Small players here are surprised that P&G wants to barge in.
"I do not think they'll make it," said Jayme Sadl, owner with his wife of four Star Crest cleaners locations, one of them near the Tide shop. "They don't know anything about dry cleaning. They make laundry detergent. The St. Louis market is flooded, forever, with dry cleaners."
P&G begs to differ. Wampler is CEO of Agile Pursuits, P&G's franchising subsidiary. It was set up four years ago as part of the company's effort to expand its well-known consumer brands into related businesses.
Besides the dry cleaners, Wampler's division also runs a "Mr. Clean" carwash business.
Lots of market research led P&G to conclude that dry cleaning was ripe for a new approach. The company tried out its concept in Kansas City, beginning in 2009. "It went exceptionally well," says Wampler, and Tide now has four Kansas City stores. There are only 15 Tide stores nationwide.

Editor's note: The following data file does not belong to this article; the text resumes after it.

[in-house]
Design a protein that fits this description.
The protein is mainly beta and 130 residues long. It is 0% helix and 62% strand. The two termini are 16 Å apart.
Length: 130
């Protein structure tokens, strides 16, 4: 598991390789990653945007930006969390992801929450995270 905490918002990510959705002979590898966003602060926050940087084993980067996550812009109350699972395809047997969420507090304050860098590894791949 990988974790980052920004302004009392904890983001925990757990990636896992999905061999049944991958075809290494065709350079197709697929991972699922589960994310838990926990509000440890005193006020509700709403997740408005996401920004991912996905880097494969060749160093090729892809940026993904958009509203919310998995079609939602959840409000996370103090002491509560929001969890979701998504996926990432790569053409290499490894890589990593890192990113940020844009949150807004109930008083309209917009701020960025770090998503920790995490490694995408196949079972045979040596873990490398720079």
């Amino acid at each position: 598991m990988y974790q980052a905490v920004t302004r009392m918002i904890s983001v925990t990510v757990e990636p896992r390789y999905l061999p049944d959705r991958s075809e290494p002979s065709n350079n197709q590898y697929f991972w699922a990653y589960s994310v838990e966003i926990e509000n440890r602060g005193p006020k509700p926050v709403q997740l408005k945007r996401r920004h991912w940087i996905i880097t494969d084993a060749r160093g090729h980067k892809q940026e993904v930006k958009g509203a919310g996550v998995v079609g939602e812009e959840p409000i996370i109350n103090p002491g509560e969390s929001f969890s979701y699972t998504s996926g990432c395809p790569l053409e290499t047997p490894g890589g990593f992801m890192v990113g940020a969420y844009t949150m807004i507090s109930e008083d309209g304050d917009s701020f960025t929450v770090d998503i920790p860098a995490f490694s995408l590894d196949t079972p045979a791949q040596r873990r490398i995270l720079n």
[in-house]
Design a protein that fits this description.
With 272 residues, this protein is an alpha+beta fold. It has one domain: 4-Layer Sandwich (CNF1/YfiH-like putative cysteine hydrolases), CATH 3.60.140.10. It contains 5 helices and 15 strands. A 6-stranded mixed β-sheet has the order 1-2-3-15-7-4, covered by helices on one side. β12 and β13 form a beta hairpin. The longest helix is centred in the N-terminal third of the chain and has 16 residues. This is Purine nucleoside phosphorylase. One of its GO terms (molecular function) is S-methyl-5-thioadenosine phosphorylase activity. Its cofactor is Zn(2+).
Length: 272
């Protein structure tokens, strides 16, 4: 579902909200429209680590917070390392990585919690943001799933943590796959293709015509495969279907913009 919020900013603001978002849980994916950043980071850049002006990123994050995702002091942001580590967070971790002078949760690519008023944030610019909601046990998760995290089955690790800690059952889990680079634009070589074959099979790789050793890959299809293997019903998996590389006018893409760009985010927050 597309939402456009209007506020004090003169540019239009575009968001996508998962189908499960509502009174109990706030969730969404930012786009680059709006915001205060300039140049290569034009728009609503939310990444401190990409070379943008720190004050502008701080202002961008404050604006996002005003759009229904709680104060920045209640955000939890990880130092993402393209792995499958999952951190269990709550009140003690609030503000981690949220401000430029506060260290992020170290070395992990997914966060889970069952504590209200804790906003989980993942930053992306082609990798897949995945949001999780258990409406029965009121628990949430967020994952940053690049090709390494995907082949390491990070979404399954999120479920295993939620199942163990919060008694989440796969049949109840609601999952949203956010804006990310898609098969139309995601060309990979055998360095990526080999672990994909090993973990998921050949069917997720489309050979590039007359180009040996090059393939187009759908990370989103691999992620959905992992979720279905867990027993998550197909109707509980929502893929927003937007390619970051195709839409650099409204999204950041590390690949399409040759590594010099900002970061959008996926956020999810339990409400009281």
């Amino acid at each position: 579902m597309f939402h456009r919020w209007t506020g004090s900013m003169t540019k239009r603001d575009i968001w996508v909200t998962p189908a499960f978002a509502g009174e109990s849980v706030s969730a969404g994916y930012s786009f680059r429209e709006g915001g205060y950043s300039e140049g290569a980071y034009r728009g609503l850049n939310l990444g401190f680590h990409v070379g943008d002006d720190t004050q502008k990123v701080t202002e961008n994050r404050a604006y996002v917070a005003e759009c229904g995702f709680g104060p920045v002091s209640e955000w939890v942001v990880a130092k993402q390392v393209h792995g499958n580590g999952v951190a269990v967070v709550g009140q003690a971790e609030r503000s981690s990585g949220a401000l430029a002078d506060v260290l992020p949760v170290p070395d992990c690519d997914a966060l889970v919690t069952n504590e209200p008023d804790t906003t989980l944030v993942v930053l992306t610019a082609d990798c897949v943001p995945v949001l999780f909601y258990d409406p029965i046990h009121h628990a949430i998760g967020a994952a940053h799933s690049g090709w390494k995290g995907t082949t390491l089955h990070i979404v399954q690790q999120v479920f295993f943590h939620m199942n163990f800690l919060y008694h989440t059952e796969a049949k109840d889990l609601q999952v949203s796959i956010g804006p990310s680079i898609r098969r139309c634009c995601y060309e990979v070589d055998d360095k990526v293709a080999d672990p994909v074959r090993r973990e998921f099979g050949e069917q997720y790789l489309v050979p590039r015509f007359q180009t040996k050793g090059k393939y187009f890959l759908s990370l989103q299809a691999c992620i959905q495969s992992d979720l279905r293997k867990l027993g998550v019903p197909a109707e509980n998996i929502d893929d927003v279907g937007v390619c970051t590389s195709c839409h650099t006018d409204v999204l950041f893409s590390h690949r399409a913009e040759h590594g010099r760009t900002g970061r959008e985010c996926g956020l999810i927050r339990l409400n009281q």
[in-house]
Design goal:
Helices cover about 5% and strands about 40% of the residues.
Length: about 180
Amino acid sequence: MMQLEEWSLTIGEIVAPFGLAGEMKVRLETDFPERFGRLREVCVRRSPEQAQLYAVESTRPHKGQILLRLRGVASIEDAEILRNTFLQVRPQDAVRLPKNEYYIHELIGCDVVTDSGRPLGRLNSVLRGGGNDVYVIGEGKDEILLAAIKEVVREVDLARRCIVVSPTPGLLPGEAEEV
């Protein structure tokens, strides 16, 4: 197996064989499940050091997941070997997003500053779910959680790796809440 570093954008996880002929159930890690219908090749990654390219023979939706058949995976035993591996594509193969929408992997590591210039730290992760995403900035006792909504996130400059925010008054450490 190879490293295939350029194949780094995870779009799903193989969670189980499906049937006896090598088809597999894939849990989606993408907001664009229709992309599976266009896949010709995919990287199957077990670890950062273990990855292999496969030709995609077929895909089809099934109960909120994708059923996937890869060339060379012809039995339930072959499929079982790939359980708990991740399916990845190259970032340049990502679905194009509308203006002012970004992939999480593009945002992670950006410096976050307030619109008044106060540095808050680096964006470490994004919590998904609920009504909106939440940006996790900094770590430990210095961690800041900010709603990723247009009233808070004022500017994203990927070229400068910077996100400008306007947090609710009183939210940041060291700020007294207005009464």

Now, P&G is looking for entrepreneurs to franchise the concept across the country.
In St. Louis, it found Brian Bruce and Garrett Lott. Lott, 41, is a Republican party activist who was formerly involved in the management of state license fee offices and in a home building business. He now he owns a chain of ATMs around St. Louis.
Bruce, 44, is a commercial real estate developer involved in projects such as the Railway Exchange Building and the Council Tower.
Neither knew anything about dry cleaning, but Bruce figured that teaming with Tide was a winner. "You're starting with a credible brand," says Bruce.
He says P&G spent many millions of dollars developing the concept and the first stores.
"They have a lot to lose. Their brand could be damaged if this doesn't work," Bruce said.
Bruce and Lott have much to lose, too. It takes 652,000 to 897,000 in investment to open a Tide Dry Cleaners, the company said in a 2009 disclosure to potential franchisees. Lott says their investment is on the "high end" of that.